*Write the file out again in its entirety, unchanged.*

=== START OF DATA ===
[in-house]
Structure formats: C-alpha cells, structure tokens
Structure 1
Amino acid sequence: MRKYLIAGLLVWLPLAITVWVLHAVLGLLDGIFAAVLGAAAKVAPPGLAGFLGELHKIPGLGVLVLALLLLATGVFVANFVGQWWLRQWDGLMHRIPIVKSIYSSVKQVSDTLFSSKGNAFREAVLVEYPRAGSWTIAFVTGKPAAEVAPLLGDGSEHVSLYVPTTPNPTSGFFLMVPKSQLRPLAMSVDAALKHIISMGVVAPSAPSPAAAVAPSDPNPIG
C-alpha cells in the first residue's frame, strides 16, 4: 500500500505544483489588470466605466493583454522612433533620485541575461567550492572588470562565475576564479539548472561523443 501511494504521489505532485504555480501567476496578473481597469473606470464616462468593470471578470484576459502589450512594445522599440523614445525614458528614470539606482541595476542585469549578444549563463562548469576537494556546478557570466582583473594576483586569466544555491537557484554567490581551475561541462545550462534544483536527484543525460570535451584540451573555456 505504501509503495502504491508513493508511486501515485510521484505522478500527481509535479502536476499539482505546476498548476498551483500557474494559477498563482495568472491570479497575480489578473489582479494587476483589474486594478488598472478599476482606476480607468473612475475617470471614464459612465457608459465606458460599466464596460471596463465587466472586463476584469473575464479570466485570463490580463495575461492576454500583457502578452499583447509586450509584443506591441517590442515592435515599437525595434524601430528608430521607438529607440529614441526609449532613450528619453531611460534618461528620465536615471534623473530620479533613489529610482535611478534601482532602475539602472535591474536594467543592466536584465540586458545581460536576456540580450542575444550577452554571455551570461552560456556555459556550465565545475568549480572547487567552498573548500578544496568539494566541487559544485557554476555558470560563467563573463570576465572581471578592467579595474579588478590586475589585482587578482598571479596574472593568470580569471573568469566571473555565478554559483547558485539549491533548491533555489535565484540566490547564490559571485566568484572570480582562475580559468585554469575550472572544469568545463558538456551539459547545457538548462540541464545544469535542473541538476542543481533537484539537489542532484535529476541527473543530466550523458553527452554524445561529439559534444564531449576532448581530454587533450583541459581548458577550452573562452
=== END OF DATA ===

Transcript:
[in-house]
Structure formats: C-alpha cells, structure tokens
Structure 1
Amino acid sequence: MRKYLIAGLLVWLPLAITVWVLHAVLGLLDGIFAAVLGAAAKVAPPGLAGFLGELHKIPGLGVLVLALLLLATGVFVANFVGQWWLRQWDGLMHRIPIVKSIYSSVKQVSDTLFSSKGNAFREAVLVEYPRAGSWTIAFVTGKPAAEVAPLLGDGSEHVSLYVPTTPNPTSGFFLMVPKSQLRPLAMSVDAALKHIISMGVVAPSAPSPAAAVAPSDPNPIG
C-alpha cells in the first residue's frame, strides 16, 4: 500500500505544483489588470466605466493583454522612433533620485541575461567550492572588470562565475576564479539548472561523443 501511494504521489505532485504555480501567476496578473481597469473606470464616462468593470471578470484576459502589450512594445522599440523614445525614458528614470539606482541595476542585469549578444549563463562548469576537494556546478557570466582583473594576483586569466544555491537557484554567490581551475561541462545550462534544483536527484543525460570535451584540451573555456 505504501509503495502504491508513493508511486501515485510521484505522478500527481509535479502536476499539482505546476498548476498551483500557474494559477498563482495568472491570479497575480489578473489582479494587476483589474486594478488598472478599476482606476480607468473612475475617470471614464459612465457608459465606458460599466464596460471596463465587466472586463476584469473575464479570466485570463490580463495575461492576454500583457502578452499583447509586450509584443506591441517590442515592435515599437525595434524601430528608430521607438529607440529614441526609449532613450528619453531611460534618461528620465536615471534623473530620479533613489529610482535611478534601482532602475539602472535591474536594467543592466536584465540586458545581460536576456540580450542575444550577452554571455551570461552560456556555459556550465565545475568549480572547487567552498573548500578544496568539494566541487559544485557554476555558470560563467563573463570576465572581471578592467579595474579588478590586475589585482587578482598571479596574472593568470580569471573568469566571473555565478554559483547558485539549491533548491533555489535565484540566490547564490559571485566568484572570480582562475580559468585554469575550472572544469568545463558538456551539459547545457538548462540541464545544469535542473541538476542543481533537484539537489542532484535529476541527473543530466550523458553527452554524445561529439559534444564531449576532448581530454587533450583541459581548458577550452573562452